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Mango, the most beautiful yellow fruit brings the pictures of bright sun, gentle breeze and lush greenery in-front of me. The mango trees need warm dry weather to bear fruits. Hence they grow abundantly in tropical countries especially India.
Everyone relates yellow, green, red and orange to India and definitely these colors visually convey the Indian culture. Most of my cushion covers, wall hangers, floor rugs, cutlery and bedspreads revolve around these colors and all of our non-Indian friends love the brightness and energy that these colors transcend through the soul. Just like jasmines, glass bangles, bright kurtas, kumkum belongs to India, mango reminds of the alluring Indian sub-continent.
Sitting under the shady tree, I remember counting the mangoes during my visits to our native village. There is one lone tree in my grandparents backyard and during the summer vacation, my cousins and I would stone the fruit to fall down. We will decide to do it by afternoon as all the elders at home will be off for their nap. Generally the excitement to hit the fruit will always end up missing the target and reaching the neighbors window or door or even a sleeping dog. Summer is the pickling season for Indians. The moment we land in our grandparent’s place, the first instruction is not to touch them until the maids pick them as few goes for picking, some are left to ripe under the straw bed and others to eat by itself.
Rather than somebody plucking the green plump mangoes and offering it, relishing it in a stealthily manner makes it more tastier for me and I enjoy that adrenaline rush. Such is my addiction to this fruit. A typical summer menu will start with a mango-carrot-cucumber salad and end with chunks of ripen mangoes as dessert. I eat them all the time and end up getting blisters on the face as mangoes generate heat to the body. My mom will always insist on eating a lot of yogurt and milk during this summer season as they will pacify the body heat.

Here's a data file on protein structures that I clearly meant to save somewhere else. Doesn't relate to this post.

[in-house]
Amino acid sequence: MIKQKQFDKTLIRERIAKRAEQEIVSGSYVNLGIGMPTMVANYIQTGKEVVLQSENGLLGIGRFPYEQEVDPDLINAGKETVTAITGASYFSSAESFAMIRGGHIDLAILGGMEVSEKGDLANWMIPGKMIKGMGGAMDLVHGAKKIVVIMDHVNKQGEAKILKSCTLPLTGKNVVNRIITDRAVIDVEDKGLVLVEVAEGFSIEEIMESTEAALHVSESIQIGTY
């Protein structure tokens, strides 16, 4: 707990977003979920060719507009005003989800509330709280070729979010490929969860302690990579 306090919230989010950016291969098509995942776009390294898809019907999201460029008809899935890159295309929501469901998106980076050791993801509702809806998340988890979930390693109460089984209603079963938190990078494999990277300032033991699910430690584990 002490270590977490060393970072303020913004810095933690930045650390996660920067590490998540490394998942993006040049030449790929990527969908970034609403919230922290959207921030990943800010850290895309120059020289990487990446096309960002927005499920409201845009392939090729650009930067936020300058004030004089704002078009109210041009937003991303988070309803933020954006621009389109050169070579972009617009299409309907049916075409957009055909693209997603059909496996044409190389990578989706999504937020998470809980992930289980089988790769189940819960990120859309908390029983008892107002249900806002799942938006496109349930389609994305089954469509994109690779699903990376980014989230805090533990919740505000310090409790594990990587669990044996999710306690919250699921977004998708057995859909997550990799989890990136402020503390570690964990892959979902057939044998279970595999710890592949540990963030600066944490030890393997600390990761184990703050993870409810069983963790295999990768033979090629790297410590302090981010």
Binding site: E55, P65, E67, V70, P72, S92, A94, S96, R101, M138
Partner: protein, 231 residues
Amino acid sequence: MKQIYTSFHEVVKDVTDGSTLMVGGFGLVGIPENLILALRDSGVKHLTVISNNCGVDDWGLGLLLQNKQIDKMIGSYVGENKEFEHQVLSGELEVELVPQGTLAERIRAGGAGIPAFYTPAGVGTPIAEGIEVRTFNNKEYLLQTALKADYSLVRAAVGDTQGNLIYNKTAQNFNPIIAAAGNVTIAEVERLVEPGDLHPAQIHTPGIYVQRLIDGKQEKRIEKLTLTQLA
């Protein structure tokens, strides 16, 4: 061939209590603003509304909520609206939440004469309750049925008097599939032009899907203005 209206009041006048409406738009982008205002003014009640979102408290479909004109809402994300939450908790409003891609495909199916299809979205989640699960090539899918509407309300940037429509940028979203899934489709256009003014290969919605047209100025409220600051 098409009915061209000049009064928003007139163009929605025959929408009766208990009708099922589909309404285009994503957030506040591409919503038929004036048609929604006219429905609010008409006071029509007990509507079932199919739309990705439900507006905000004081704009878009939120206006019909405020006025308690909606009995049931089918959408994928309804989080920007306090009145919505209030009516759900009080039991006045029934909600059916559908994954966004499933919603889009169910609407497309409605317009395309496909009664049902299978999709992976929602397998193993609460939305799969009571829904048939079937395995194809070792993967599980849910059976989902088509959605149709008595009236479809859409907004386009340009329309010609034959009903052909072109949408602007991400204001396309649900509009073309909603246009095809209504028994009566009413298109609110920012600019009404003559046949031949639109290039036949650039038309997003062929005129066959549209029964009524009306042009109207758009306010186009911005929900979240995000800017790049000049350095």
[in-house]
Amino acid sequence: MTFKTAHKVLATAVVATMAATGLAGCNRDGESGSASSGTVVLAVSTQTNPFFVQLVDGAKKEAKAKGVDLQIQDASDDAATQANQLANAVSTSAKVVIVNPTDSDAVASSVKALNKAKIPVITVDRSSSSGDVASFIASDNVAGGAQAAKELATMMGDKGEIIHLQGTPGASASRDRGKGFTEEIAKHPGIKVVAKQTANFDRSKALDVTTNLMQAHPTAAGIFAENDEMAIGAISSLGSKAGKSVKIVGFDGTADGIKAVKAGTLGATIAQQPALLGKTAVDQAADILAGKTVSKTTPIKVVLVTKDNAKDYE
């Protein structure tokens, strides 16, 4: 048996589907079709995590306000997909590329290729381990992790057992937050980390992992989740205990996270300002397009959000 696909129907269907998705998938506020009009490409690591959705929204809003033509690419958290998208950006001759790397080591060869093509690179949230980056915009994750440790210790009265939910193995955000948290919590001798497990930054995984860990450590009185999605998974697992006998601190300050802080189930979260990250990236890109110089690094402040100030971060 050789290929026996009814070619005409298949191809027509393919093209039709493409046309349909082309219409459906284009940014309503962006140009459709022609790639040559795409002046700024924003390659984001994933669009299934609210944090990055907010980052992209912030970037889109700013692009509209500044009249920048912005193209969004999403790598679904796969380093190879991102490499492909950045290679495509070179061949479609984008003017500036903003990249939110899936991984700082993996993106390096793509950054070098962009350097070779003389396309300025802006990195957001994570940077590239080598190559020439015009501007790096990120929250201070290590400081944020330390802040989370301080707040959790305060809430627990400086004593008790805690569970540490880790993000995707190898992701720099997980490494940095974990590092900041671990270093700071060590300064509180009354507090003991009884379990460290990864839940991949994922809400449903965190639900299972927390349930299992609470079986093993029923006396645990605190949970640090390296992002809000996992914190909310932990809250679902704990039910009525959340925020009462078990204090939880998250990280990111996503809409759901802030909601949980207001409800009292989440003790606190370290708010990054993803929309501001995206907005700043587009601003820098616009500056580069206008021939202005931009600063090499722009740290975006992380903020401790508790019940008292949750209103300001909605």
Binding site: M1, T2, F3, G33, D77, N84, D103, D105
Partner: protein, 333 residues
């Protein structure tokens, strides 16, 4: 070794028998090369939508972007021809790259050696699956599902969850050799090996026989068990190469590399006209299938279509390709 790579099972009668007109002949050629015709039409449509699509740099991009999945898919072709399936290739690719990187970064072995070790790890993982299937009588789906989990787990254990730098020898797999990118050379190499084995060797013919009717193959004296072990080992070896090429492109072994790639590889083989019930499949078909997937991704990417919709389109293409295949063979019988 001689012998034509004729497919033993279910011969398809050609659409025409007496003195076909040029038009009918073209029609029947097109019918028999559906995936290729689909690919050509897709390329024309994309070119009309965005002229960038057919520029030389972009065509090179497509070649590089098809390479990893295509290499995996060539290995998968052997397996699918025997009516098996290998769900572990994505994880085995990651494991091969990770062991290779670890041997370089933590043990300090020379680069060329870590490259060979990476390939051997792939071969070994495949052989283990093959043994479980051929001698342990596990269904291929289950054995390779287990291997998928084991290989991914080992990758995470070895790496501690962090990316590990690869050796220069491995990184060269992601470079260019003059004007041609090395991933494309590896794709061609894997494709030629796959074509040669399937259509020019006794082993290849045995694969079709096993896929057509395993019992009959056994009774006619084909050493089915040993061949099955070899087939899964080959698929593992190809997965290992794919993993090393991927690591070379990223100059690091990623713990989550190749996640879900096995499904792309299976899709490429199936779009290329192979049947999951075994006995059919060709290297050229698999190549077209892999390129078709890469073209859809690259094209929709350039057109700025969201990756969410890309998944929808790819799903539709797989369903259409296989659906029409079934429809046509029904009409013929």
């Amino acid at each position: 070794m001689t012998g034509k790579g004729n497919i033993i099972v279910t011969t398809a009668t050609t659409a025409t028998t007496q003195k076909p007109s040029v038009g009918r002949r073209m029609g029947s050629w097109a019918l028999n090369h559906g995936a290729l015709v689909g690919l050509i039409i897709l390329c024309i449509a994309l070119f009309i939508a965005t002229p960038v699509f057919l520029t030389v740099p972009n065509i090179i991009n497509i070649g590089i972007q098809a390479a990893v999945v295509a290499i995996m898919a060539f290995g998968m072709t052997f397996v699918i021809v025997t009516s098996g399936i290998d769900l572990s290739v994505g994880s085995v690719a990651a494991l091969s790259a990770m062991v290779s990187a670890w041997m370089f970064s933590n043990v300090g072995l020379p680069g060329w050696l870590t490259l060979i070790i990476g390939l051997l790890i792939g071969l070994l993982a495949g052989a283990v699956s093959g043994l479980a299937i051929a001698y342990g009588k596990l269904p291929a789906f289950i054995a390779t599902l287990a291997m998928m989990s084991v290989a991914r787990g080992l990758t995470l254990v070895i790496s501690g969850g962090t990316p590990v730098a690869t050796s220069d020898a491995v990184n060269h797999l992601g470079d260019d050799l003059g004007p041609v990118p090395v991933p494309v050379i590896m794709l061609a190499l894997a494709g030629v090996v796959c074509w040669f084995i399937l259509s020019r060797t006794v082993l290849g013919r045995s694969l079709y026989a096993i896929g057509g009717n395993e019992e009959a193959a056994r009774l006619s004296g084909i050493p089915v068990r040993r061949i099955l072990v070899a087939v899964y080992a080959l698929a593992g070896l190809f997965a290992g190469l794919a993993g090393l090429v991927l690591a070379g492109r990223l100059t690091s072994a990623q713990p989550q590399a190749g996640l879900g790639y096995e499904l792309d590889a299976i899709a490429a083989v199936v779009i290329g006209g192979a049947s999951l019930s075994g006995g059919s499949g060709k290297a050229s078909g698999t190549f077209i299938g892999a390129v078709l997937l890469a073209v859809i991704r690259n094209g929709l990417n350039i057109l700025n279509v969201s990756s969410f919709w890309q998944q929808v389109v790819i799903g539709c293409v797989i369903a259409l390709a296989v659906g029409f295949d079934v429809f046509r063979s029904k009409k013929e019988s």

People in India relish every phase of the mango, both the raw and ripe form. Raw ones are eaten with salt or chili powder and are used to make spicy red pickle, while the ripe ones are used to make desserts like ice creams, milkshakes and lassi.
The post for today is a deliciously creamy mango lassi. Instead of using the fresh mango pulp, I used the store brought mango pulp. If you could get a hand on a ripen fruit, I would blindly recommend using the fresh one anyday. Blending together the thick yogurt, mango pulp, sugar and very little cardamon pods is all that it takes. I served it as a dessert for dinner. To soothe the taste buds after a spicy Indian dinner,a glass full of mango lassi is all that’s needed.
The best way to get to heaven is to take it with you. So wrote Henry Drummond. This mango lassi is a true heaven on earth. DIVINE!
3 cups mango pulp (available at Indian grocery stores)
6 cups thick yogurt
1 cup sugar (adjust according to taste)
1tsp cardamon powder
A pinch of salt
Pulse them all together in a processor. Don’t add water. Serve chilled.